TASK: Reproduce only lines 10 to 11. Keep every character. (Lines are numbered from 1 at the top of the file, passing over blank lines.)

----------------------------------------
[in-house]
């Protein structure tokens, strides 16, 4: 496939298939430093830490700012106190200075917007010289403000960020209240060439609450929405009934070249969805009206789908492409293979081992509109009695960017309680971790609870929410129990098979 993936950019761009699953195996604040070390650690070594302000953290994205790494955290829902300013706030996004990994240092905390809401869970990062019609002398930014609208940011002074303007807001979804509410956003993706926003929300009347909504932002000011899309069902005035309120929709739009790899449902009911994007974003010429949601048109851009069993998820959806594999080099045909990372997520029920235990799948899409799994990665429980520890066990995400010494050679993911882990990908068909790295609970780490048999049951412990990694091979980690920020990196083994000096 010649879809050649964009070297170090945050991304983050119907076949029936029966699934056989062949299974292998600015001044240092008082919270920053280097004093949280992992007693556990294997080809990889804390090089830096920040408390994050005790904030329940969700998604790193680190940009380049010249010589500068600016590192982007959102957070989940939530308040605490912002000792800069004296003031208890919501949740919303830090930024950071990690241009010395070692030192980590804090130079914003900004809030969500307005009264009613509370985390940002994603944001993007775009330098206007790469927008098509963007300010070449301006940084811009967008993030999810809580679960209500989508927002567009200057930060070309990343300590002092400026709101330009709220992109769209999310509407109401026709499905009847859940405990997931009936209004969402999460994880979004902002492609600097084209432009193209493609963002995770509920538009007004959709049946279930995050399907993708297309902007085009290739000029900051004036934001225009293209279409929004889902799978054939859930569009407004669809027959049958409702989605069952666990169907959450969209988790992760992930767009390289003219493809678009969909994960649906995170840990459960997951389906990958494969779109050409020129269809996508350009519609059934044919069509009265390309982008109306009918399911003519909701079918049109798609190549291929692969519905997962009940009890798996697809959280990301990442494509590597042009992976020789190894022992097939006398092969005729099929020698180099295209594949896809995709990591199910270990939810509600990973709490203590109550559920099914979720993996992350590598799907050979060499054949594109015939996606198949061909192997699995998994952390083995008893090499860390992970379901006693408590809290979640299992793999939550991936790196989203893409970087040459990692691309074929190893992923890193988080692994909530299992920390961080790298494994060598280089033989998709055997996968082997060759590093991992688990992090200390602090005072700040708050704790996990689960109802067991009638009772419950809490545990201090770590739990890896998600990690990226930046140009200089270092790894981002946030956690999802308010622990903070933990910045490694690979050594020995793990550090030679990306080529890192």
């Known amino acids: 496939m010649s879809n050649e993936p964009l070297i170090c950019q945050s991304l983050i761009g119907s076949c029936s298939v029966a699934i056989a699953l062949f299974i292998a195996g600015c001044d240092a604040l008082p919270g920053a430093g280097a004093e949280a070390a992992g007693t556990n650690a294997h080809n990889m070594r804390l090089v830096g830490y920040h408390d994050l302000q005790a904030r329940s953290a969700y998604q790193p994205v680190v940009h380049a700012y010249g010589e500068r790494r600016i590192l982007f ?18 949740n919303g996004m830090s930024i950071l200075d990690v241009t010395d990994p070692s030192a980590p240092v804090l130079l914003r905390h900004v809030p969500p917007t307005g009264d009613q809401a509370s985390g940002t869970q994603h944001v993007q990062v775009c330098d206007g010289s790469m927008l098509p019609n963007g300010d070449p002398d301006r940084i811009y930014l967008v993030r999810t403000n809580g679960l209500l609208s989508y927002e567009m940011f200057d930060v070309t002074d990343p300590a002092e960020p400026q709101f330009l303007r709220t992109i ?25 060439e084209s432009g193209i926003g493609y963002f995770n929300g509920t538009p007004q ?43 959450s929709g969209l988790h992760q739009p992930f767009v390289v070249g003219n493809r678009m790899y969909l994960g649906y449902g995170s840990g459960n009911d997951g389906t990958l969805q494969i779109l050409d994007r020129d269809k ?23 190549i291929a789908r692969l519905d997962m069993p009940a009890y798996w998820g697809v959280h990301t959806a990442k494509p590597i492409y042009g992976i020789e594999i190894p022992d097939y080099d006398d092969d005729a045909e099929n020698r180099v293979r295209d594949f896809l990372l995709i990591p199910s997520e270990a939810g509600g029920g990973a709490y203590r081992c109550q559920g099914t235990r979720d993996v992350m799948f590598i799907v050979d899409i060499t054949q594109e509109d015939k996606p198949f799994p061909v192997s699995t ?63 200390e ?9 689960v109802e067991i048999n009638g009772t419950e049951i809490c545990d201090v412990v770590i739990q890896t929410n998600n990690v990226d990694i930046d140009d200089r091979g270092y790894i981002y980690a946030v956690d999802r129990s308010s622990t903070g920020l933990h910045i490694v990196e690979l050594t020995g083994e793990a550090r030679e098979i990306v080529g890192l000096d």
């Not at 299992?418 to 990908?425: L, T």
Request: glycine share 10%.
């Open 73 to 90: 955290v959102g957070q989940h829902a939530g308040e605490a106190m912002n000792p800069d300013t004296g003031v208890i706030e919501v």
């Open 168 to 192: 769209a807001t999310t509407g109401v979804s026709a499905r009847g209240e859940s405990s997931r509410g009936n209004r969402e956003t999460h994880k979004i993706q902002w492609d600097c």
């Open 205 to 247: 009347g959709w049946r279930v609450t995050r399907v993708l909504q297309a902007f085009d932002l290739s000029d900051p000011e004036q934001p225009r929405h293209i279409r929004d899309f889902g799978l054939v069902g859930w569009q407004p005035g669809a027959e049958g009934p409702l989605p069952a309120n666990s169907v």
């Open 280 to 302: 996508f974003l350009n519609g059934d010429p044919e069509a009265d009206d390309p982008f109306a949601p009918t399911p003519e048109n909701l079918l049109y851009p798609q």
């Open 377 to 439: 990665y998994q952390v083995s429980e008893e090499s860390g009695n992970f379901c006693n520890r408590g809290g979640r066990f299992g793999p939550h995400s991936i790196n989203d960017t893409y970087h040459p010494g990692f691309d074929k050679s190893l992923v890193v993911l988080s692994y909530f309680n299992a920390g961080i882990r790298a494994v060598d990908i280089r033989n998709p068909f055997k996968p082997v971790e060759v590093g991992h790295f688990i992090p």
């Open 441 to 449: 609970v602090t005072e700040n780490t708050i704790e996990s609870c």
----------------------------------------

């Open 377 to 439: 990665y998994q952390v083995s429980e008893e090499s860390g009695n992970f379901c006693n520890r408590g809290g979640r066990f299992g793999p939550h995400s991936i790196n989203d960017t893409y970087h040459p010494g990692f691309d074929k050679s190893l992923v890193v993911l988080s692994y909530f309680n299992a920390g961080i882990r790298a494994v060598d990908i280089r033989n998709p068909f055997k996968p082997v971790e060759v590093g991992h790295f688990i992090p």
């Open 441 to 449: 609970v602090t005072e700040n780490t708050i704790e996990s609870c």